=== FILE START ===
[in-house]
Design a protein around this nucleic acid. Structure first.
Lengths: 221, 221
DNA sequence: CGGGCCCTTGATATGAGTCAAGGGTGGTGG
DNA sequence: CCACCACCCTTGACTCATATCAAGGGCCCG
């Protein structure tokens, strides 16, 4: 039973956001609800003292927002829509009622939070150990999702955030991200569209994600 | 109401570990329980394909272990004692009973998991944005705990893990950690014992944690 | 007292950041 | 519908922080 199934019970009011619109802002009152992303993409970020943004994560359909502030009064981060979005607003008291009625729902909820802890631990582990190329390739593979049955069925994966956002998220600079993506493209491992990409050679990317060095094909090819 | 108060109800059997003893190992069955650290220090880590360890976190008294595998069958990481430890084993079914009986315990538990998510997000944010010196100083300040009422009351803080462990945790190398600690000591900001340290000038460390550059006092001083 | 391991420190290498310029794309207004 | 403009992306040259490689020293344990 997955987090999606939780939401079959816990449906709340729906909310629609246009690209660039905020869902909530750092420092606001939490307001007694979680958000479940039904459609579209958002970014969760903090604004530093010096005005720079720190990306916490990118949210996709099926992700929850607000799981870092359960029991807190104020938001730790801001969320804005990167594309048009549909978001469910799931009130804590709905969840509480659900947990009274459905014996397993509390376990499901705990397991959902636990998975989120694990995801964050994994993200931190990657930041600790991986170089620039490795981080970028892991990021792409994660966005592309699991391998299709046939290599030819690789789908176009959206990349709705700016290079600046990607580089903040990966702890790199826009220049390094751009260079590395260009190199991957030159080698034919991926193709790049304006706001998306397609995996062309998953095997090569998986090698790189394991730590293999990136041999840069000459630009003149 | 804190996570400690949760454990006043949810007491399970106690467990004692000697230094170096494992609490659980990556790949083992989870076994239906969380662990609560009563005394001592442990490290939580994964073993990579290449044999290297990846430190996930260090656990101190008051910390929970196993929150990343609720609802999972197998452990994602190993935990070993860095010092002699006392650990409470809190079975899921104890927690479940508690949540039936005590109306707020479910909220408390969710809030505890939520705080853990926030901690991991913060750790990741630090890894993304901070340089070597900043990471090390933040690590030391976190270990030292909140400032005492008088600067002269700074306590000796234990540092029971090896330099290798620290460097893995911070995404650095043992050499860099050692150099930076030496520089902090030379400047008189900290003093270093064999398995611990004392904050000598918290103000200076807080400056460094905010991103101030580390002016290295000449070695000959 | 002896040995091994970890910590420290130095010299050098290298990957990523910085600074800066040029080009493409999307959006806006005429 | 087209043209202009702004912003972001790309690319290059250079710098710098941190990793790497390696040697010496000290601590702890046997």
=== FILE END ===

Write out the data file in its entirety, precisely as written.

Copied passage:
[in-house]
Design a protein around this nucleic acid. Structure first.
Lengths: 221, 221
DNA sequence: CGGGCCCTTGATATGAGTCAAGGGTGGTGG
DNA sequence: CCACCACCCTTGACTCATATCAAGGGCCCG
């Protein structure tokens, strides 16, 4: 039973956001609800003292927002829509009622939070150990999702955030991200569209994600 | 109401570990329980394909272990004692009973998991944005705990893990950690014992944690 | 007292950041 | 519908922080 199934019970009011619109802002009152992303993409970020943004994560359909502030009064981060979005607003008291009625729902909820802890631990582990190329390739593979049955069925994966956002998220600079993506493209491992990409050679990317060095094909090819 | 108060109800059997003893190992069955650290220090880590360890976190008294595998069958990481430890084993079914009986315990538990998510997000944010010196100083300040009422009351803080462990945790190398600690000591900001340290000038460390550059006092001083 | 391991420190290498310029794309207004 | 403009992306040259490689020293344990 997955987090999606939780939401079959816990449906709340729906909310629609246009690209660039905020869902909530750092420092606001939490307001007694979680958000479940039904459609579209958002970014969760903090604004530093010096005005720079720190990306916490990118949210996709099926992700929850607000799981870092359960029991807190104020938001730790801001969320804005990167594309048009549909978001469910799931009130804590709905969840509480659900947990009274459905014996397993509390376990499901705990397991959902636990998975989120694990995801964050994994993200931190990657930041600790991986170089620039490795981080970028892991990021792409994660966005592309699991391998299709046939290599030819690789789908176009959206990349709705700016290079600046990607580089903040990966702890790199826009220049390094751009260079590395260009190199991957030159080698034919991926193709790049304006706001998306397609995996062309998953095997090569998986090698790189394991730590293999990136041999840069000459630009003149 | 804190996570400690949760454990006043949810007491399970106690467990004692000697230094170096494992609490659980990556790949083992989870076994239906969380662990609560009563005394001592442990490290939580994964073993990579290449044999290297990846430190996930260090656990101190008051910390929970196993929150990343609720609802999972197998452990994602190993935990070993860095010092002699006392650990409470809190079975899921104890927690479940508690949540039936005590109306707020479910909220408390969710809030505890939520705080853990926030901690991991913060750790990741630090890894993304901070340089070597900043990471090390933040690590030391976190270990030292909140400032005492008088600067002269700074306590000796234990540092029971090896330099290798620290460097893995911070995404650095043992050499860099050692150099930076030496520089902090030379400047008189900290003093270093064999398995611990004392904050000598918290103000200076807080400056460094905010991103101030580390002016290295000449070695000959 | 002896040995091994970890910590420290130095010299050098290298990957990523910085600074800066040029080009493409999307959006806006005429 | 087209043209202009702004912003972001790309690319290059250079710098710098941190990793790497390696040697010496000290601590702890046997």